Which should make you more suspicious of the agency than anyone else. They could have fixed it all with a detailed press release and a show of documentation. As it is, they claim to have acted in a manner that would have required such documents to exist. If they aren't there, cry foul until they do or hang themselves further. In that respect, the WT article was part of the process. Do you think we would ever find out the truth without the publicity?
These lynx threads have been long on blanket condemnation of envirofascists, which is fine & true. But I saw precious little analysis of the actual facts of the story. Which is why I started this thread in the first place. OK?
My concern with your posts has been that they betrayed too much of a propensity to give the agencies the benefit of the doubt (much less the Seattle Times). The tone you assumed seemed more likely to suppress exposure of facts than reveal them.
It also seems as if you hold the belief that it is possible to reconstruct an objective truth. I doubt that it is. I understand your interest in obtaining facts, but now that so much time has expired with these people still at work, still having the opportunity to alter, produce, or destroy evidence, would you trust the documents they produce now?
The problem is, the agency probably isn't trustworthy (at least, that is my experience). So how do you get facts when that agency is conducting their own investigation while obstructing any independent verification? How do you force that oversight without shining the light of publicity on them? How does one do that without either speculating or going with what little one has? Lacking hard facts, probability is all we do have and maybe all we will ever get.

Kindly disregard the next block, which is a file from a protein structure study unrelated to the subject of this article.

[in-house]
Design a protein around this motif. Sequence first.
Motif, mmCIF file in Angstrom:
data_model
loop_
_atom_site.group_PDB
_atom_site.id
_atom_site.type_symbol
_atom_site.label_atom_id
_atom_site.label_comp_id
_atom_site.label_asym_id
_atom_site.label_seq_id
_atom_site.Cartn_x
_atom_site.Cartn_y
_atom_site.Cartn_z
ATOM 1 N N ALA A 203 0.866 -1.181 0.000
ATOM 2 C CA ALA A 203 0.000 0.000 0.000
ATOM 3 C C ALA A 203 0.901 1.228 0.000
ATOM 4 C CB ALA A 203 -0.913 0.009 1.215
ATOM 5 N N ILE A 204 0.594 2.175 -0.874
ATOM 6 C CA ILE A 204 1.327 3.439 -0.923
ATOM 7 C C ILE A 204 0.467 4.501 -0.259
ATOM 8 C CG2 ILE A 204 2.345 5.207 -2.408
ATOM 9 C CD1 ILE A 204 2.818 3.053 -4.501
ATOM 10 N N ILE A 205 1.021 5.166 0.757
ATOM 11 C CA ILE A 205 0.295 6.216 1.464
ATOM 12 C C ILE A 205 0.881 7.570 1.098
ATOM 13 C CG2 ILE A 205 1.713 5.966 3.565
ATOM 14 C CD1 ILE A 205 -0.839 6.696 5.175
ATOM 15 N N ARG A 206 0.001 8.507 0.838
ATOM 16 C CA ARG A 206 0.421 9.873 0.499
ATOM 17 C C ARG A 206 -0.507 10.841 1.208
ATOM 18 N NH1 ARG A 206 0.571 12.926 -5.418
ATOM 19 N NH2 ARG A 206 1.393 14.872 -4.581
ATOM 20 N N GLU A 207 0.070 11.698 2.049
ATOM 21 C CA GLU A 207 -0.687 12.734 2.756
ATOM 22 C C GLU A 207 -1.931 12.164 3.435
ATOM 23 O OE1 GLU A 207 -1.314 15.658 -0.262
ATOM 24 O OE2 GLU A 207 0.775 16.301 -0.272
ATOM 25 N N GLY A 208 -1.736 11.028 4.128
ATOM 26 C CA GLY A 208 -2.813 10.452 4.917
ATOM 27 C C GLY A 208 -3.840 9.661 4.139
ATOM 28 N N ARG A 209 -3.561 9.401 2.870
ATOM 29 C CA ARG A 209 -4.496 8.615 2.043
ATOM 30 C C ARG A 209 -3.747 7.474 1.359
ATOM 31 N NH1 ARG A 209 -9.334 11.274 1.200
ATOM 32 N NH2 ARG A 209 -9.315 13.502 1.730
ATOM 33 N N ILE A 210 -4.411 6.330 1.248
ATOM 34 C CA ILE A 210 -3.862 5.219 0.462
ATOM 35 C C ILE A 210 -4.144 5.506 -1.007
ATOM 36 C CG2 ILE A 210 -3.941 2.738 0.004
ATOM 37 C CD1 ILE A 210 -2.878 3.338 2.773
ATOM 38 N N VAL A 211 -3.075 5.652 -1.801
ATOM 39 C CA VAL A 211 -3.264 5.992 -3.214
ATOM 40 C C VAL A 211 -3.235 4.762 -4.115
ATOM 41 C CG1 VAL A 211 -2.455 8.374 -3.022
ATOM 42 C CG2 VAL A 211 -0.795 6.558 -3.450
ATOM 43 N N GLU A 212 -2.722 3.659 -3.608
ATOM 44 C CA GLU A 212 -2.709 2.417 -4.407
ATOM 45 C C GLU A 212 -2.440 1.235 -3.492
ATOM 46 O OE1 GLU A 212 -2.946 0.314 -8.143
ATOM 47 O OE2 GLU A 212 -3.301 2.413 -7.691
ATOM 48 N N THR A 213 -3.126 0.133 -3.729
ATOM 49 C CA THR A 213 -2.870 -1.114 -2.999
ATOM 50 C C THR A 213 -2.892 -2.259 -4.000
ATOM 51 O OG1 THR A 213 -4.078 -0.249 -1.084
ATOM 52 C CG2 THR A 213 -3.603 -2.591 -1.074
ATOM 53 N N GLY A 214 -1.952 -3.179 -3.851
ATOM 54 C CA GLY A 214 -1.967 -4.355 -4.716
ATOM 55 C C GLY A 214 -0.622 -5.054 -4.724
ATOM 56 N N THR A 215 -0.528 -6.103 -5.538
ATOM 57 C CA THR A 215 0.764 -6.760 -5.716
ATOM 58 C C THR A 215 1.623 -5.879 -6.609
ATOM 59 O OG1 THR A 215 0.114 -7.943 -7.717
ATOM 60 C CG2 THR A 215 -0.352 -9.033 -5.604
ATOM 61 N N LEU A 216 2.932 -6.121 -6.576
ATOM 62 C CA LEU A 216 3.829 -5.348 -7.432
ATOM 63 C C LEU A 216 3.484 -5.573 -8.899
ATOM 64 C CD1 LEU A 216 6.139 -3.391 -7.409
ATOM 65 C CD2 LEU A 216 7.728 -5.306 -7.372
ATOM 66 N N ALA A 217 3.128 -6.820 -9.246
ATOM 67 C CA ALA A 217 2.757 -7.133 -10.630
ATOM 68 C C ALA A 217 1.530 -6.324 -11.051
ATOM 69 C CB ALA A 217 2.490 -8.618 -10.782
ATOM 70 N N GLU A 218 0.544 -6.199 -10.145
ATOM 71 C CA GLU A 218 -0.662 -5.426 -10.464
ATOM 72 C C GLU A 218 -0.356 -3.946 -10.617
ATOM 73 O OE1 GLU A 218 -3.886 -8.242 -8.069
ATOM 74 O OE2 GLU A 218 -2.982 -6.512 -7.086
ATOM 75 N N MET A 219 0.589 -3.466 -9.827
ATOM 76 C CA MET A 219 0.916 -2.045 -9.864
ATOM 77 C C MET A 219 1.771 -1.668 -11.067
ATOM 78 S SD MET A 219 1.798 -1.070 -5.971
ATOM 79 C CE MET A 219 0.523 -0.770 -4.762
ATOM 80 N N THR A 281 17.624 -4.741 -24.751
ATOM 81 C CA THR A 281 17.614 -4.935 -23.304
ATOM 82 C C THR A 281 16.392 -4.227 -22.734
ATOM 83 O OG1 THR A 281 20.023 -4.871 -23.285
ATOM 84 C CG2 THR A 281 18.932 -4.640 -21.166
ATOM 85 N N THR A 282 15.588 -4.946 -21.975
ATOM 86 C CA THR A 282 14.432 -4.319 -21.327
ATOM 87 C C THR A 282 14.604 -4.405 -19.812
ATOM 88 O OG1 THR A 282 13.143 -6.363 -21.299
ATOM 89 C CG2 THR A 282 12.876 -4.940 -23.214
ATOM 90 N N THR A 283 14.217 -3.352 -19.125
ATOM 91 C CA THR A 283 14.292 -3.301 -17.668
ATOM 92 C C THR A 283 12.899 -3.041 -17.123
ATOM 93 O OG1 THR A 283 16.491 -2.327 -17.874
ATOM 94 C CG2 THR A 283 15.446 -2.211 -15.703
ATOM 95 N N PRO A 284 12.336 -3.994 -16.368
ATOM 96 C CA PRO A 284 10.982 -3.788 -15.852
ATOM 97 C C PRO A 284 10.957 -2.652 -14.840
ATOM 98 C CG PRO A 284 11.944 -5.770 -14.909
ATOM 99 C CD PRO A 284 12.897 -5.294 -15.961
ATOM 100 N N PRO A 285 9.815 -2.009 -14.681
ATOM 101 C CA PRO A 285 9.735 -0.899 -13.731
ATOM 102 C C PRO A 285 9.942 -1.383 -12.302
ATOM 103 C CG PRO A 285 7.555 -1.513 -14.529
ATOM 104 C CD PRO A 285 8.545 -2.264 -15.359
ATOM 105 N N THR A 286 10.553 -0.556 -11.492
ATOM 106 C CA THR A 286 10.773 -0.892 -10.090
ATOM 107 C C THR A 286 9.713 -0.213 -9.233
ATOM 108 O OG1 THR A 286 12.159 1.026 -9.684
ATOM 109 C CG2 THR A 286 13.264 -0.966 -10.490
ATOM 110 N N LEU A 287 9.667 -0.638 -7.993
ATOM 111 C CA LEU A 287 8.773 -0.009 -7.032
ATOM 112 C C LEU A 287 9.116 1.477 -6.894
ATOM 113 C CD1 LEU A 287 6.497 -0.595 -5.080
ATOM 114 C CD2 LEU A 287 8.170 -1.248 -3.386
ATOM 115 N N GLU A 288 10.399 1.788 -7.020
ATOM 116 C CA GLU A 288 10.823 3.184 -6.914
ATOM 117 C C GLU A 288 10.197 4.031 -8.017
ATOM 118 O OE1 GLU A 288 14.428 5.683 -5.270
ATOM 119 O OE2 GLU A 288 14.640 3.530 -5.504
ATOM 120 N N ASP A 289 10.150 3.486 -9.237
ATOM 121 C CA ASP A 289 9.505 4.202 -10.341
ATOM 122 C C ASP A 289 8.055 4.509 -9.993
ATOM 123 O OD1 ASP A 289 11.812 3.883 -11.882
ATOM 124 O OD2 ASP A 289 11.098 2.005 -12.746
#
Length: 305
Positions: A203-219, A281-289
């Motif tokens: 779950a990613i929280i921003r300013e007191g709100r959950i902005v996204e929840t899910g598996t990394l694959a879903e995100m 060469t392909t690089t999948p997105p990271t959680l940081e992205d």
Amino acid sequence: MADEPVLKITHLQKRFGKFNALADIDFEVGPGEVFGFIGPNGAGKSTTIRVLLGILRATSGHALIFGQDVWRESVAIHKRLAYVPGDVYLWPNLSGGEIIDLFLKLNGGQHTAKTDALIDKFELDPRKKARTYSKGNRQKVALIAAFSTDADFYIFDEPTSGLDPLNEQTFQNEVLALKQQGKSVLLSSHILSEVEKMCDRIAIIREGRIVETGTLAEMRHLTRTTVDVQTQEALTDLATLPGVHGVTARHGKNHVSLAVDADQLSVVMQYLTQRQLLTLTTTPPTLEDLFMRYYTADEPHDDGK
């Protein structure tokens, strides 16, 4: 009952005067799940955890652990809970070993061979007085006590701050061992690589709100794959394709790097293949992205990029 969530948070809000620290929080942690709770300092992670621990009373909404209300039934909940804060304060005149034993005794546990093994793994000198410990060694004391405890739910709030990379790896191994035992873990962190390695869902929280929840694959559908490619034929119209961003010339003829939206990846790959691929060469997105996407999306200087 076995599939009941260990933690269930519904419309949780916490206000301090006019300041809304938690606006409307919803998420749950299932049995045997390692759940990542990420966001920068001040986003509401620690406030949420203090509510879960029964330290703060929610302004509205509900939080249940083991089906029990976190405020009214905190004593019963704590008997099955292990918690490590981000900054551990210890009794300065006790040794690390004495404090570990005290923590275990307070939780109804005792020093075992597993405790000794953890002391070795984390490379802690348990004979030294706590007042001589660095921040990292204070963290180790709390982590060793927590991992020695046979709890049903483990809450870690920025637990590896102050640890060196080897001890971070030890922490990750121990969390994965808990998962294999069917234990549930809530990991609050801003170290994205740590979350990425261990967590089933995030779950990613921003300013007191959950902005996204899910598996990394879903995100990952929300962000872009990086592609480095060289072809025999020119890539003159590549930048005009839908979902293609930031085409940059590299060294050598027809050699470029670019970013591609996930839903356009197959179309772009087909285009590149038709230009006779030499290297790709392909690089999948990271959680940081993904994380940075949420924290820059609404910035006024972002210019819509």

Some may call that unethical as a standard by which to impugn these biologists, and in an isolated case it surely would be. Please note however, that ALL the requirements (and then some) for a case of circumstantial evidence appear to be in hand: motive, means, and opportunity, to which we can add prior record (on the part of agency personnel) and the resistance to external examination of the witnesses and evidence. Under such circumstances as those, taking immediate action to suspend the employees is not only appropriate, it shoud be mandatory. Once it was a criminal investgation, the agency would have to submit the evidence to an independent party. The USFS certainly hasn't made a practice of giving landowners that benefit of the doubt before assessing fines!
I'd just be happy to find out who it was Audrey Hudson meant put the hair on the scratching posts vs. who put them in the vials. Presumably what paperwork there was originally still exists, and the WA people's claim that the planted fur was labeled with a "safe" ID could be verified. That would be something.
Meanwhile, on the other thread, No More Gore Anymore pointed out that if they were suspicious of false positives coming from the lab, they should've planted a bobcat sample to see if the lab would score that as a lynx. That makes perfect sense! (& therefore hurts badly the biologists' claim, especially since it was 3 different groups of people supposedly making the same logical error.)
Thanks for your thorough responses. It's been a fascinating discussion. I have faith the truth will pretty much get shaken out of the mix eventually.